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Frozen Joints or Contractures can Increase Patient’s Risk for Developing Bed Sores
In 2005, the Deficit Reduction Act required the United States Secretary of Health and Human Services to identify the most prevalent and costliest preventable hospital-acquired conditions. The 2015 list includes both bed sores, a top-five acquired condition in hospitals and nursing homes, and frozen joints, or contractures, which can exacerbate already unfavorable conditions by worsening existing bed sores or causing new ones.
How are Bed Sores Formed?
Bed sores, also known as decubitus ulcers, pressure ulcers, or pressure sores, form in areas of skin frequently exposed to surfaces such as beds, cushions, and wheelchair seats. Exposed areas endure constant circumstances of increased pressure, squeezing the underlying blood vessels and impeding flow of blood, oxygen, and nutrients to associated cells. Over time, lack of nutrients and oxygen results in the breakdown and death of the tissue, resulting in the open sores providers refer to as bed sores.
Bedridden patients are most at risk for developing bed sores due to their overall lack of ability to remove pressure from common pressure points. Pressure points are most likely to come into contact with surrounding surfaces and include areas such as the head, shoulders, elbows, hips, coccyx, knees, and heels. In addition, bedridden patients also possessing one or more further risk factors are at greater risk for developing bed sores. These at-risk populations include:
- The elderly
- Diabetic, stroke, or heart disease patients with poor circulation and poor sensation
- Malnourished patients, or patients refusing to eat
- Dehydrated patients, or patients refusing to drink
- Incontinent patients with heightened risk of secondary infection
- Patients with existing bed sores
After a bed sore occurs, the risk of continued or additional infection is heightened. Secondary infections such as gangrene, cellulitis, or in rare cases, sepsis, can be spread from patient to patient by poor hygiene, poor staff hand washing, or poor sanitation of bedding, clothing, and wound dressings. Secondary infections can pose a high fatality rate, emphasizing the importance of proper disinfecting procedures by staff, visitors, and the patient himself.
How do Contractures Occur?
Contractures, or frozen joints, are joints which have lost their mobility due to previously elastic tissues, such as muscle and tendon, shortening and hardening into place. Contractures can be caused by traumatic injury to muscle or connective tissue but are most commonly found in patients who are bedridden and unable to move the joins on their own. Elastic tissue requires movement to remain movable; if conditions are unfavorable for movement, the unused muscle shortens and hardens, stiffening the associated joint.
Within 24 to 48 hours of underuse, muscle fibers begin to shorten. As little as 48 to 72 hours later, the shortened fibers begin the hardening process, reducing the available motion of the associated joint and essentially ensuring continued contracture. Most patients enduring loss of motion as a result of injury or other paralysis will experience contracture – as many as 71% according to the American Academy of Physical Medicine and Rehabilitation.
Contracture is not easy to treat, often requiring extensive orthopedic surgeries that may or may not be effective. Other forms of treatment include massage, direct heat, and manual stretching, though these methods primarily treat associated conditions, such as spasticity. Overall, in bedridden patients, contractures of the elbows, knees, hands, feet, fingers and ankles are far too common and largely irreversible.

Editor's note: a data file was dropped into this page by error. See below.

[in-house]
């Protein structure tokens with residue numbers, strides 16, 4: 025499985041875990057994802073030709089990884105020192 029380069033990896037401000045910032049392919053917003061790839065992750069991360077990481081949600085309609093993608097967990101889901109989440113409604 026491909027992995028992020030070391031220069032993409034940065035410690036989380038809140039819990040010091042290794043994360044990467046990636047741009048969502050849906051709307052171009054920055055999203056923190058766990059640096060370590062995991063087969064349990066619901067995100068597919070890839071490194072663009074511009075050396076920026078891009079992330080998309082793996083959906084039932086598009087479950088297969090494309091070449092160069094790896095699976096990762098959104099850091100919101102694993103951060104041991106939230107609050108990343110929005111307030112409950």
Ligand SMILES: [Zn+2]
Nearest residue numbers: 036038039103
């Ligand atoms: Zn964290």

How can Contractures Worsen Bed Sores?
Bed sores necessitate frequent turning and repositioning of the patient to remove pressure from the affected areas. However, the presence of contractures severely limits the positions in which a patient may be made comfortable. Spastic muscles and odd joint angles make many traditional positions nearly impossible. As a result, patients are only able to maintain a few positions while bedridden; extended periods of time in these same few positions can lead to further bed sores.
Contractures often result from a lack of movement of a particular joint and its associated muscles. Bed sore patients, while already bedridden, experience further lack of mobility as a result of existing bed sores. It is this cyclical manner in which bed sores and contractures tend to exacerbate one another, with contractures leading to bed sores which produce immobility leading to more contractures. The cycle is very difficult to break.
How can Each of These Conditions be Prevented?
Caregivers can prevent contracture by allowing patients to move independently as much as possible. If independent motion is not recommended, physical therapists or mechanized devices can assist patients with maintaining motion and preventing seizing of elastic tissue. Taking care to maintain a larger range of motion can prevent contracture from occurring.
Bed sores are best prevented by frequently repositioning and turning bedridden or limited mobility patients. Most hospital protocols require patients to be repositioned at least once every two hours – though some patients may require more frequent repositioning, and some may tolerate less. Overall, proper attention to repositioning procedures and increased attention to at-risk patients may aid in lowering an institution's rate of hospital-acquired bed sores.
Bed sores and contractures are both common occurrences in institutional care but need not be present. Proper prevention procedures and adequate care once either condition is present will result in reduced instances of both.